Performing under stress doesn’t mean it’s always a bad situation, it’s just a stressful situation. How well you are prepared will help determine how well you lead your business during stressful times. For example, when a surgeon is performing an operation, that can be a stressful time. But, because of their training and preparedness, they manage it quite well. Now if I was performing surgery, it probably would not end well because I have not had the proper training, nor would I have been prepared. You get the picture.
The graphic communication industry is undergoing yet another structural transformation. Challenges to supply chains, employment and wage issues, and market behaviors are unpredictable. The pressure to perform has never been more important. For many, generating revenue has not been a problem — making the money they deserve can be another issue.
During these times, your ability to communicate with your staff and stakeholders about what ‘s going on is critical. There may not always be a clear path forward, but that does not excuse the need to effectively speak to and listen to your teams. Avoid a staff member being asked by their spouse at the dinner table, “How’s it going at your company?” Your employee responds, “I don’t know, management has gone silent.” Regardless of reality, they will think the worst. It’s just human nature.
Busy times may not be the time to let up on the gas pedal. As busy as many of the shops are, most are still way below their full capacity. And while they are being challenged with lean staffs, they should find every opportunity to capture the business that comes their way. Be creative with scheduling, and be creative in your departmental staffing and workflow to minimize any bottlenecks and allow the work to accelerate through your shop.
Your decision making process will also be challenged under stress. It’s not uncommon, and the key thing is to be aware that it could happen. This is a good time to re-examine how you make critical decisions, who you make them with, and the timeliness of your actions. Learn from history. Get your team together, review past stressful times, and learn what worked well and what didn’t.
Another challenge for many entrepreneurs, is to fight off the “hero syndrome.” What I mean by that, is thinking that you are the only one who can solve the problem, the only one with the answer. Any form of delegating typically goes out the window under stress and you end up bearing the brunt of the headaches while your able team members stand aside. Delegating is hard to begin with, even harder when the pressure is on. Work to improve on it every day.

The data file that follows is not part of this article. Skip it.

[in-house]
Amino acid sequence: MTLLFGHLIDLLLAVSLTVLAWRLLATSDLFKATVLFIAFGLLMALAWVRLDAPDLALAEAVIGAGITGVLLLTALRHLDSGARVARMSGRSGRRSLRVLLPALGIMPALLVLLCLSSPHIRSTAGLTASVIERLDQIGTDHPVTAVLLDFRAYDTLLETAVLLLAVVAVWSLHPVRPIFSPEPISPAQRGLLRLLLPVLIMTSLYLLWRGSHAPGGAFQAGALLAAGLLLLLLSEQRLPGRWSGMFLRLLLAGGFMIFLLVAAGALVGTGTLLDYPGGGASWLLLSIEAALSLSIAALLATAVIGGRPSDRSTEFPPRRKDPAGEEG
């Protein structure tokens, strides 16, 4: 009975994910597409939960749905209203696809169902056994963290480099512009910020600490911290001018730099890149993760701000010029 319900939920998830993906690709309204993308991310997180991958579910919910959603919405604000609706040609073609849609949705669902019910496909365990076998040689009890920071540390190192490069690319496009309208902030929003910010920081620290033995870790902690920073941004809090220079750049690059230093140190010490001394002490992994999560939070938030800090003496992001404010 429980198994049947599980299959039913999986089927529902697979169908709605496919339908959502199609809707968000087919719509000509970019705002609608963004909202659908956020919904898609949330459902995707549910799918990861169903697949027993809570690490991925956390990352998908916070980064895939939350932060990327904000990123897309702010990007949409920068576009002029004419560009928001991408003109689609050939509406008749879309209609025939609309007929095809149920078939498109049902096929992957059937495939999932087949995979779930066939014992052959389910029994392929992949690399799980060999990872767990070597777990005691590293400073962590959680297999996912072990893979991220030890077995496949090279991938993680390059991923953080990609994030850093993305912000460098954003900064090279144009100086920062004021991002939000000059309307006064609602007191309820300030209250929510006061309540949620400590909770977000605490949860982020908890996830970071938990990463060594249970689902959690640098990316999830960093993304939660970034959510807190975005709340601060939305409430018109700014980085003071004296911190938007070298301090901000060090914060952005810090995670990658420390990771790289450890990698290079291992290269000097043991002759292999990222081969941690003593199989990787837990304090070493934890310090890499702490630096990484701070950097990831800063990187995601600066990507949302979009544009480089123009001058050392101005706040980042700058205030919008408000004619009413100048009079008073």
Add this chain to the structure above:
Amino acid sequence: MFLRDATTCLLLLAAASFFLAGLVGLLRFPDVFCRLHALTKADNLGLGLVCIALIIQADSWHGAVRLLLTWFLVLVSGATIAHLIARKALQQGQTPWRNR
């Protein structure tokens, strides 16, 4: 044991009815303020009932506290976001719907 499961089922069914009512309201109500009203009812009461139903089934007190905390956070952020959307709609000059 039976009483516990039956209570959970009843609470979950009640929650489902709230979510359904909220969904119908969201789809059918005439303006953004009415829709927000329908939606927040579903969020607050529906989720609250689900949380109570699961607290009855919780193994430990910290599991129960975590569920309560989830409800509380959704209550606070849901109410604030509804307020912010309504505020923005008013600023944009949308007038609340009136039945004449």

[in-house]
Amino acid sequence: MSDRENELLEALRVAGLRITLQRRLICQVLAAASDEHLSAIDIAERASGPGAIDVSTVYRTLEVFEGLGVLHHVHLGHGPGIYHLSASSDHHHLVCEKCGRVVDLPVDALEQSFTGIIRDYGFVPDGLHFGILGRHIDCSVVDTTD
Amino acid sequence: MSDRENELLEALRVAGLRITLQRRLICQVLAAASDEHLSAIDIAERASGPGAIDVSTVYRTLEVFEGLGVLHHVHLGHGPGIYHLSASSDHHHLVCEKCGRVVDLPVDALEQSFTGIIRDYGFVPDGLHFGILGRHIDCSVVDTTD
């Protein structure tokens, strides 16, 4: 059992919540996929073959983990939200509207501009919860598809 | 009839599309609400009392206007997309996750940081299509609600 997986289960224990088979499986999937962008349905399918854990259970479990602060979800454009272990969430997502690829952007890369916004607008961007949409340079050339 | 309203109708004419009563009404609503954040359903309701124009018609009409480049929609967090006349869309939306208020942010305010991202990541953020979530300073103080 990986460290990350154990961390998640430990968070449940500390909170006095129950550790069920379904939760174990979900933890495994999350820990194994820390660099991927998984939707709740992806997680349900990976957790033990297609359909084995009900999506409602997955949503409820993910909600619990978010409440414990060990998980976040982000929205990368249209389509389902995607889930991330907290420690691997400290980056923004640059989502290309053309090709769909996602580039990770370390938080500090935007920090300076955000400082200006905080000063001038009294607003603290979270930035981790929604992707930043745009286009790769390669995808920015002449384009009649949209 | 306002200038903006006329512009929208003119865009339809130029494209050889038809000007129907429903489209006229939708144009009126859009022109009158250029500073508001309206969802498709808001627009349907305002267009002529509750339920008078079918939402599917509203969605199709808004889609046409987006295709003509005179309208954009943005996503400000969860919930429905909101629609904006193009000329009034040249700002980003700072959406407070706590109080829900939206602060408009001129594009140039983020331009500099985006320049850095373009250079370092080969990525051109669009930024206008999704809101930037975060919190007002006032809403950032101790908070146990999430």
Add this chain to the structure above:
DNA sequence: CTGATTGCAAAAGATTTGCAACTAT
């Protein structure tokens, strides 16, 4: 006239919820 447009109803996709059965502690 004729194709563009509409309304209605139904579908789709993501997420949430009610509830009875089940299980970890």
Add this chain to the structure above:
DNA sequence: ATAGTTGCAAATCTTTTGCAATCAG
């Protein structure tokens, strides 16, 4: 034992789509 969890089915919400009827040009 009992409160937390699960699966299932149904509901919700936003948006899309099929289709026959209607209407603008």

The last part is to make sure to take care of yourself. If you don’t remain healthy, both physically and mentally, then the company will suffer. By practicing good communication techniques, surrounding yourself with a good team, and delegating to them will go a long way and allow you to sleep well at night. Like the flight attendants say during the preflight speech, should you need one, an oxygen mask will fall from the ceiling. Make sure to apply your mask first before you help others. Make sure to take care of yourself!
Transformative shifts in the business can cause stress and an un-balanced feeling. Practice effective communication, take advantage of business opportunities that come your way, and make decisions based on a tested process—you can’t afford to make bad decisions during these times. Make sure to surround yourself with a good team and delegate, delegate, delegate! Make sure that people are doing what they are uniquely qualified to do. And finally, taking care of yourself will help ensure that your business and your stakeholders will continue to prosper regardless of the times.
A focus on these five factors won’t guarantee your success, but ignoring them will not lead to a good ending. If you have questions or insight into this topic, please comment below or reach out to me directly.
Mike Philie can help validate what’s working and what may need to change in your business. Changing the trajectory of a business is difficult to do while simultaneously operating the core competencies. Mike provides strategy and insight to CEOs and business leaders in the Graphic Communications Industry by providing direct and realistic advice, not being afraid to voice the unpopular opinion and helping leaders navigate change through a common sense and practical approach. Learn more at www.philiegroup.com, LinkedIn or email at email@example.com.
Originally published in Printing Impressions.